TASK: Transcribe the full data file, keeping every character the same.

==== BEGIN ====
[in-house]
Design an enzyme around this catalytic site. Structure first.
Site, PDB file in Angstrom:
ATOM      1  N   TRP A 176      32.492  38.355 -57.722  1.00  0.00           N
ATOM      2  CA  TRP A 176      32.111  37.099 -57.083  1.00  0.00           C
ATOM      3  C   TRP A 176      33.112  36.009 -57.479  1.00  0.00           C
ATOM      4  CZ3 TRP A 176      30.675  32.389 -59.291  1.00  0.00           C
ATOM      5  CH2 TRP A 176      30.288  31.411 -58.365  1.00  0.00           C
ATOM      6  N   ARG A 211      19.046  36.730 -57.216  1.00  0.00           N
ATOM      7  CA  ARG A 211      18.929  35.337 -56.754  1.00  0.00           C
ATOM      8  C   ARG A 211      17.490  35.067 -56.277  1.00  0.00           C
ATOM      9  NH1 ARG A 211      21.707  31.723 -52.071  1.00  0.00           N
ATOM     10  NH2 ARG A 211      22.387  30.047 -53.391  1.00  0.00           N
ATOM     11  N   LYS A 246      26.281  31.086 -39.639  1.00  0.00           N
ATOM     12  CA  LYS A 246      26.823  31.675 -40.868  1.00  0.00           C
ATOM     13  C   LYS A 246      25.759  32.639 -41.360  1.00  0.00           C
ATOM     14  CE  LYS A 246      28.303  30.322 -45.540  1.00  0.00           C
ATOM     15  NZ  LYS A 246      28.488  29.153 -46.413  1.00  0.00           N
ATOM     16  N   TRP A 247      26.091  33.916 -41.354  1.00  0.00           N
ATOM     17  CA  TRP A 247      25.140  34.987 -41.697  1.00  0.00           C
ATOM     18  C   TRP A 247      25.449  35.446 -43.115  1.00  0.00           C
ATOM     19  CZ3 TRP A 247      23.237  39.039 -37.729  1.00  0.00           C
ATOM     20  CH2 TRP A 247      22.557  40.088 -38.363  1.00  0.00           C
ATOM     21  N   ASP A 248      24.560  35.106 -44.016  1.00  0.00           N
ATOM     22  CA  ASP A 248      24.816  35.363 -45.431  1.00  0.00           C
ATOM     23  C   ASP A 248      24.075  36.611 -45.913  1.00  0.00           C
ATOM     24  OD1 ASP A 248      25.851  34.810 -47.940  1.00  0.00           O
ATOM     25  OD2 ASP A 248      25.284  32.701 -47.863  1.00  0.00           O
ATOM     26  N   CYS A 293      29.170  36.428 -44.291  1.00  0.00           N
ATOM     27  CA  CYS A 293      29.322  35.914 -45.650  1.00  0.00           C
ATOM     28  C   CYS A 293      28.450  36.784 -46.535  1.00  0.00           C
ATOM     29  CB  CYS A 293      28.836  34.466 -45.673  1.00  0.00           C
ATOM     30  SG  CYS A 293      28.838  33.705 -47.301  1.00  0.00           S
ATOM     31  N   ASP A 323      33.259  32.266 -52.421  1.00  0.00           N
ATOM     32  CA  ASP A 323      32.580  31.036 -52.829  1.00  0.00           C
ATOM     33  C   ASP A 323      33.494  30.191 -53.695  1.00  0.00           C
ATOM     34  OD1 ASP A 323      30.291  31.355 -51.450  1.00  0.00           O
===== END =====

[in-house]
Design an enzyme around this catalytic site. Structure first.
Site, PDB file in Angstrom:
ATOM      1  N   TRP A 176      32.492  38.355 -57.722  1.00  0.00           N
ATOM      2  CA  TRP A 176      32.111  37.099 -57.083  1.00  0.00           C
ATOM      3  C   TRP A 176      33.112  36.009 -57.479  1.00  0.00           C
ATOM      4  CZ3 TRP A 176      30.675  32.389 -59.291  1.00  0.00           C
ATOM      5  CH2 TRP A 176      30.288  31.411 -58.365  1.00  0.00           C
ATOM      6  N   ARG A 211      19.046  36.730 -57.216  1.00  0.00           N
ATOM      7  CA  ARG A 211      18.929  35.337 -56.754  1.00  0.00           C
ATOM      8  C   ARG A 211      17.490  35.067 -56.277  1.00  0.00           C
ATOM      9  NH1 ARG A 211      21.707  31.723 -52.071  1.00  0.00           N
ATOM     10  NH2 ARG A 211      22.387  30.047 -53.391  1.00  0.00           N
ATOM     11  N   LYS A 246      26.281  31.086 -39.639  1.00  0.00           N
ATOM     12  CA  LYS A 246      26.823  31.675 -40.868  1.00  0.00           C
ATOM     13  C   LYS A 246      25.759  32.639 -41.360  1.00  0.00           C
ATOM     14  CE  LYS A 246      28.303  30.322 -45.540  1.00  0.00           C
ATOM     15  NZ  LYS A 246      28.488  29.153 -46.413  1.00  0.00           N
ATOM     16  N   TRP A 247      26.091  33.916 -41.354  1.00  0.00           N
ATOM     17  CA  TRP A 247      25.140  34.987 -41.697  1.00  0.00           C
ATOM     18  C   TRP A 247      25.449  35.446 -43.115  1.00  0.00           C
ATOM     19  CZ3 TRP A 247      23.237  39.039 -37.729  1.00  0.00           C
ATOM     20  CH2 TRP A 247      22.557  40.088 -38.363  1.00  0.00           C
ATOM     21  N   ASP A 248      24.560  35.106 -44.016  1.00  0.00           N
ATOM     22  CA  ASP A 248      24.816  35.363 -45.431  1.00  0.00           C
ATOM     23  C   ASP A 248      24.075  36.611 -45.913  1.00  0.00           C
ATOM     24  OD1 ASP A 248      25.851  34.810 -47.940  1.00  0.00           O
ATOM     25  OD2 ASP A 248      25.284  32.701 -47.863  1.00  0.00           O
ATOM     26  N   CYS A 293      29.170  36.428 -44.291  1.00  0.00           N
ATOM     27  CA  CYS A 293      29.322  35.914 -45.650  1.00  0.00           C
ATOM     28  C   CYS A 293      28.450  36.784 -46.535  1.00  0.00           C
ATOM     29  CB  CYS A 293      28.836  34.466 -45.673  1.00  0.00           C
ATOM     30  SG  CYS A 293      28.838  33.705 -47.301  1.00  0.00           S
ATOM     31  N   ASP A 323      33.259  32.266 -52.421  1.00  0.00           N
ATOM     32  CA  ASP A 323      32.580  31.036 -52.829  1.00  0.00           C
ATOM     33  C   ASP A 323      33.494  30.191 -53.695  1.00  0.00           C
ATOM     34  OD1 ASP A 323      30.291  31.355 -51.450  1.00  0.00           O